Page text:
Signs of poor masonry work

Signs of poor masonry work

Though many people would consider brick the ultimate building material, some practices may make its use hazardous. Many organizations provide vocational training, ongoing education and certification in masonry construction, yet it’s often the building materials rather than the workmanship that is lacking.

Here are some signs of poor masonry work to watch out for:

Parging: Bricks that are structurally unsound sometimes are covered with a layer of this material that resembles a smooth stucco to hide defects. 

Sand lime mortar: This kind of mortar was used in many buildings throughout the 20th century. Because it's water-soluble and can be rinsed away due to water exposure, it has a higher risk of failure.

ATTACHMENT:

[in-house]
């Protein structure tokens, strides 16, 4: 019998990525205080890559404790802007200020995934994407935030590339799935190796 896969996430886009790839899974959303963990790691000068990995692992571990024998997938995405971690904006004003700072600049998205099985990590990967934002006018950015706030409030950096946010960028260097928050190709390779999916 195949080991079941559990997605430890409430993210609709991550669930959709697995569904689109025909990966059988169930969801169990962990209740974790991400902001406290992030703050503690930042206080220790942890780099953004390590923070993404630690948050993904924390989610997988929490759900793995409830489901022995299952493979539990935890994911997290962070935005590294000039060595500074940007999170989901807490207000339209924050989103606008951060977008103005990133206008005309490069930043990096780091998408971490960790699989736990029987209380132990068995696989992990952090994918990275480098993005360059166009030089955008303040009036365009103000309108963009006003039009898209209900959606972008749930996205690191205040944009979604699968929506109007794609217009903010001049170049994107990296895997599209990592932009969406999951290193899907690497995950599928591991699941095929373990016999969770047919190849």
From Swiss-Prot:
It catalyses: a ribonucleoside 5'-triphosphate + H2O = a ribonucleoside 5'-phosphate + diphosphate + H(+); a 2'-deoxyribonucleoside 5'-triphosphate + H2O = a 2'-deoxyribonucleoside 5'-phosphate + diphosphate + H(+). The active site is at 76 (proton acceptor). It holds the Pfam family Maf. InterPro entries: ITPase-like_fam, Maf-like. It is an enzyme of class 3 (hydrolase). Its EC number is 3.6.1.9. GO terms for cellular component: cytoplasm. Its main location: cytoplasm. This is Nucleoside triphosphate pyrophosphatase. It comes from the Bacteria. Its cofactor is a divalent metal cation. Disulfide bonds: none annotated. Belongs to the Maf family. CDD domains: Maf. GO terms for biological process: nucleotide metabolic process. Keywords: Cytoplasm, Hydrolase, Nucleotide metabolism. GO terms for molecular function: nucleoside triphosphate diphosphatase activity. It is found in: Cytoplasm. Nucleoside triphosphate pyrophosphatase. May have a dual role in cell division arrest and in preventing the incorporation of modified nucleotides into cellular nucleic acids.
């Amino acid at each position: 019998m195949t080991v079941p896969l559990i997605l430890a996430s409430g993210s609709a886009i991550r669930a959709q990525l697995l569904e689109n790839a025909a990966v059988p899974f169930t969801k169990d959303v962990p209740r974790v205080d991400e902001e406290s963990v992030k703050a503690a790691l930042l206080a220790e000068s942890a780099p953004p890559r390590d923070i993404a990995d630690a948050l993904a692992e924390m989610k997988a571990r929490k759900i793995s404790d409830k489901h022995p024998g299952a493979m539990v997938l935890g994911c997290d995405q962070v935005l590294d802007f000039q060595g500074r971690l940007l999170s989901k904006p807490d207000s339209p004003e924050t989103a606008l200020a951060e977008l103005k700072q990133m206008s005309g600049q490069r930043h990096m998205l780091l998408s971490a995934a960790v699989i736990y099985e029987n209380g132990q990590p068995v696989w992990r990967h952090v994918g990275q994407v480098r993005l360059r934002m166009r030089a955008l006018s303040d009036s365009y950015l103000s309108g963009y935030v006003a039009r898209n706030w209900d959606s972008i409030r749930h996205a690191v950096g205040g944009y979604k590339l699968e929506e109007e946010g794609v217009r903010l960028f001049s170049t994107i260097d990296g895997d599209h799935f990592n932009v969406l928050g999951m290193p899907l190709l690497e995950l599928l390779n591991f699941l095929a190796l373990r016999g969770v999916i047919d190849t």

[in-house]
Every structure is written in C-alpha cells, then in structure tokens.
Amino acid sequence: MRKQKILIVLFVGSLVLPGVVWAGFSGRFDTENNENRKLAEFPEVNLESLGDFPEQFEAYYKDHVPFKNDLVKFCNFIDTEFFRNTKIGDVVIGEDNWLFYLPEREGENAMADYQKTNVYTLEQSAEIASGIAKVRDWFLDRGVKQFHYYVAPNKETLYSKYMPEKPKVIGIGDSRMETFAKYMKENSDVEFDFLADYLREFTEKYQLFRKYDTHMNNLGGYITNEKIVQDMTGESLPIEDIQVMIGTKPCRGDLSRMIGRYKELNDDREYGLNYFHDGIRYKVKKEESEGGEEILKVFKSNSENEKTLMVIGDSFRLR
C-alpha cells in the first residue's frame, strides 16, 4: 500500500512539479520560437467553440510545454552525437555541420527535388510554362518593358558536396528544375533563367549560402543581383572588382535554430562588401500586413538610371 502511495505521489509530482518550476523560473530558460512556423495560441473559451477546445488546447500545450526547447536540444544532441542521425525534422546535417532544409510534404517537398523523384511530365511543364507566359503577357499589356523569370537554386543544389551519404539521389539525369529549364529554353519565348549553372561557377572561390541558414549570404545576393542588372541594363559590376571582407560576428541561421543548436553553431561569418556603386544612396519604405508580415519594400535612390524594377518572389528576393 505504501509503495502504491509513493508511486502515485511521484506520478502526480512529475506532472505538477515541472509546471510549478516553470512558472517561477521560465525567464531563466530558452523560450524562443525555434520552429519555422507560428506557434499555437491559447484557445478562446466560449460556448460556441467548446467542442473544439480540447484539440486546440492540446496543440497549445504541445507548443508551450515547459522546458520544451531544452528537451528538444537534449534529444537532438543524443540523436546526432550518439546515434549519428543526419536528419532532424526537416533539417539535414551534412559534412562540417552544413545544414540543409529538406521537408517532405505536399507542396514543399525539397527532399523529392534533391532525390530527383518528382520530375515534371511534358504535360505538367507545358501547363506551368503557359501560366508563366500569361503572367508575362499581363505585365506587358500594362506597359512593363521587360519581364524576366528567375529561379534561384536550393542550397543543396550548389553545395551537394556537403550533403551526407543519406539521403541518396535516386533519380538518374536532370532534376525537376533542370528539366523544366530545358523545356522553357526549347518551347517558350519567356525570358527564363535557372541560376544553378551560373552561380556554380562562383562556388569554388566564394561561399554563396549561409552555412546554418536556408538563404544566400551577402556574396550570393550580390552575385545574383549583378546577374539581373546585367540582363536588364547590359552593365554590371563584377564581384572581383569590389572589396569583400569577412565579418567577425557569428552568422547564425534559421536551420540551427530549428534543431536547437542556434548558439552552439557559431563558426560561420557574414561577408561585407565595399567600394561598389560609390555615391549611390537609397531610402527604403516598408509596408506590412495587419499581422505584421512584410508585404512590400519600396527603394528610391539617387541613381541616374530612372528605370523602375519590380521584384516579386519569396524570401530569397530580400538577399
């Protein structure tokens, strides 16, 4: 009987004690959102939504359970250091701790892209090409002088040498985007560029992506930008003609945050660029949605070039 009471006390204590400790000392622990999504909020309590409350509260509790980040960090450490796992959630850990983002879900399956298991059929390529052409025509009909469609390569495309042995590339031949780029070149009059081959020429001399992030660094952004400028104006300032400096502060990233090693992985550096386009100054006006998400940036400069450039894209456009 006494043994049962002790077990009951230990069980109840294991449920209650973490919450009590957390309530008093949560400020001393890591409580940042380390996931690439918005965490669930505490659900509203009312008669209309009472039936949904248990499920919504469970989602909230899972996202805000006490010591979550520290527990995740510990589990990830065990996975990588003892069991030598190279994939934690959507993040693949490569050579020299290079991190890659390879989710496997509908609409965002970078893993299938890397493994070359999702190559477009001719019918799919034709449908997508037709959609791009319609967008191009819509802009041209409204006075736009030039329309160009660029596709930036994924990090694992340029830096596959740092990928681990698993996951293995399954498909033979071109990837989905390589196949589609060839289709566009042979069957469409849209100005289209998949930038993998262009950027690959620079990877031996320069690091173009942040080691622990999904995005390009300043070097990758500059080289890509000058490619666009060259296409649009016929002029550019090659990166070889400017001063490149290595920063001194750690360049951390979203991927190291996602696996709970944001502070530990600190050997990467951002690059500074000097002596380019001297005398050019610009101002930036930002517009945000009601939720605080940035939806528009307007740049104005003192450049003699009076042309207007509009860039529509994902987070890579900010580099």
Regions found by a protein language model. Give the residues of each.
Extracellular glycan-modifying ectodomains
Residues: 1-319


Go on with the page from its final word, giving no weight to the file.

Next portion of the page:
Wooden beams and lintels: Earlier building practices often included wooden frames, which weren’t always able to support the weight of bricks. Those wooden lintels and beams are more likely to burn, which can lead to a potential collapse in a fire.

Cracks: Whether vertical or horizontal, cracks are never a good sign. They usually indicate some form of weakness. Heavy vertical cracking may be a sign that the foundation has settled.

Faulty alignment: Chances are the bricks were relatively well aligned when the structure was built. However, sometimes the mortar reacts to water in the environment and expands, pushing them out of alignment.

If you own a home that is in need of masonry repair, consider hiring a highly rated Washington D.C. masonry contractor. There are currently more than 800 masonry contractors on Angie’s List in the D.C. area alone. Sign in today to read trusted consumer reviews.


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